I came back from the states to reside in Lebanon recently, but this country never seizes to shock me.
Talented students are under estimated in Beirut, Lebanon. Why? Let’s go back to the beginning and take a look at our schools. We have private and public schools. Are the over-priced private schools providing the right education for the children?
I was curious.
According to several parents I have interviewed, Private School tuition are on an all-time high. What changes in the curriculum? According to one parent, they have introduced dance classes: two 40 minute sessions per week.
Is that enough?
Let’s check our numbers; did you know that the Unites States comes in at number 9 as the fattest country in the world, whereas Lebanon comes at number 80 according to a Forbes study in 2007?
This is ironic because as an American, it is incredibly easy to receive a sports scholarship whether you play soccer, volleyball, foot ball, even cross country running. In Lebanese high schools, students hardly have two sessions a week dedicated for talent development whether it is Arts or in the Athletics division.
When American students are automatically provided with full athletic scholarships in college, they tend to build up their talent and work towards achieving it. Unfortunately, this is not the case in Lebanon because the ministry of education does not provide any service close to this. Students of Lebanon decide to forget about their potential talents and put them to sleep.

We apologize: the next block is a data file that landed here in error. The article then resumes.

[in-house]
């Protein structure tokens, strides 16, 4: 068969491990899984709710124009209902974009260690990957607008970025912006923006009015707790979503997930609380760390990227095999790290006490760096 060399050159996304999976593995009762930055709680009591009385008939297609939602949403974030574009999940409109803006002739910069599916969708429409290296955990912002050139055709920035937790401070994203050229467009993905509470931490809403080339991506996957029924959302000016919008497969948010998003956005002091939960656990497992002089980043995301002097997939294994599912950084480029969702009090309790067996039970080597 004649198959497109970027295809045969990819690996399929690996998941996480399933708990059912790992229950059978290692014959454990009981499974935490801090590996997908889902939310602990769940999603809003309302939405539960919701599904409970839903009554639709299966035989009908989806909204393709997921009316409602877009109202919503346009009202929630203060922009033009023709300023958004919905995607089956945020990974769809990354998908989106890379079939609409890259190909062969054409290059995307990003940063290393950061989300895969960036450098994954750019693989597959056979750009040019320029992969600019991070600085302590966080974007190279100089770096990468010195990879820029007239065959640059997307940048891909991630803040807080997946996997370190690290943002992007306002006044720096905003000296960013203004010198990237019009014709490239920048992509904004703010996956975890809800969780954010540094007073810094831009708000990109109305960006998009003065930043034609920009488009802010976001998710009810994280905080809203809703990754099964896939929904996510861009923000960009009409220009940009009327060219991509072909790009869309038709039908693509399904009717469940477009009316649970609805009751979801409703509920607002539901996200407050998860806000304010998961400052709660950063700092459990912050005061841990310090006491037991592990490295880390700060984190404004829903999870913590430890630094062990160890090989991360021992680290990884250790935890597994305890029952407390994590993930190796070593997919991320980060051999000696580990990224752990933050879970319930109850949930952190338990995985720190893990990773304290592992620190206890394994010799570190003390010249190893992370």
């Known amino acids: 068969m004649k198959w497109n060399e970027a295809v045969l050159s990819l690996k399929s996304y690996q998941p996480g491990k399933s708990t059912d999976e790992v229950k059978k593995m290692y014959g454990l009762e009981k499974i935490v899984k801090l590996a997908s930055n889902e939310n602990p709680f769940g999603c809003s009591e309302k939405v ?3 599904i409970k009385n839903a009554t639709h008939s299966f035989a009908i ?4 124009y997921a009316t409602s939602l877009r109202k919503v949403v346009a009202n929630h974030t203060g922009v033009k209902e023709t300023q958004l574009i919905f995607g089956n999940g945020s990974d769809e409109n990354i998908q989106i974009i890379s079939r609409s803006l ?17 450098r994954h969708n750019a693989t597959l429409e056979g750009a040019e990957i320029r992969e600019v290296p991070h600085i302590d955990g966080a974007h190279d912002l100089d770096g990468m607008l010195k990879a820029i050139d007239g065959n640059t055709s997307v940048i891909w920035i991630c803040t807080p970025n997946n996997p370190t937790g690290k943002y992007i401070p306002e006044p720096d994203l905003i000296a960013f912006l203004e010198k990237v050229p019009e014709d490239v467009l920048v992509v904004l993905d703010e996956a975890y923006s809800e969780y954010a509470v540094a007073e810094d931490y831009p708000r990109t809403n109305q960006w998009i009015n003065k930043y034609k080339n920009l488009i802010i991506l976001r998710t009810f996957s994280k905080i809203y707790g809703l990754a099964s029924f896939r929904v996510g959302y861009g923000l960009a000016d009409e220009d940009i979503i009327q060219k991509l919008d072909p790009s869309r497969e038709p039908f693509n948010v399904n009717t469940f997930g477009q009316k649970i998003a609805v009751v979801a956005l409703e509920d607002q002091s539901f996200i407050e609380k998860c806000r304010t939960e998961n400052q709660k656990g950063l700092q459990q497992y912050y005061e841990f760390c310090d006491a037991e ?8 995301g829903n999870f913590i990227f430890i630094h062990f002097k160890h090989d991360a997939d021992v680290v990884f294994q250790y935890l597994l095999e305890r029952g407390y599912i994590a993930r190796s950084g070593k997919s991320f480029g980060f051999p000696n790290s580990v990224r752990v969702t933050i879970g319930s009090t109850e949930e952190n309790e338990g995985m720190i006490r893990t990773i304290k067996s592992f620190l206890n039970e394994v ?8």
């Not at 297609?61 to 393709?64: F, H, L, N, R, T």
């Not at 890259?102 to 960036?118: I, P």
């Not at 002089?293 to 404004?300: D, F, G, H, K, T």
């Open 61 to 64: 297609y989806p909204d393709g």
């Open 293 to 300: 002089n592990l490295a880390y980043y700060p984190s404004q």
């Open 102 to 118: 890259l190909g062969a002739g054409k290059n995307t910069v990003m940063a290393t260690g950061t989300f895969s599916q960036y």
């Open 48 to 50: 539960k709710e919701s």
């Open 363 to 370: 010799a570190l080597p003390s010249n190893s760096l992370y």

In the United States, when a high school student engages and play for his school team, he gets all expenses paid by the National College Athletic Association (NCAA) in college. Not only is the tuition paid, but also living expenses including housing, food, and transportation. On the other hand, talented students in Lebanon are hardly appreciated for their efforts. They are usually compensated with trophies or medals and this is the furthest they can go.
There is so much genuine talent that is admired in Lebanon, but the government remains silent concerning this matter. Since Beirut adopts so much from the West, why don’t we do something about it? One solution is to advocate for a scholarship system for our athletes. Not only does it get the local community to be aware health wise but it exercises a sense of patriotism for talented individuals and lessens the immigration trend.
The young generation is in need of guidance, particularly during this phase when a teen is neither a child nor an adult. Workshops targeted towards parents, teachers, and staff can also assist them in finding new ways to communicate with children, and collaborating directly with schools. This is crucial for the community as a whole; possibilities of implementing an athletic curriculum can broaden the horizon of students and help them perfect their talents.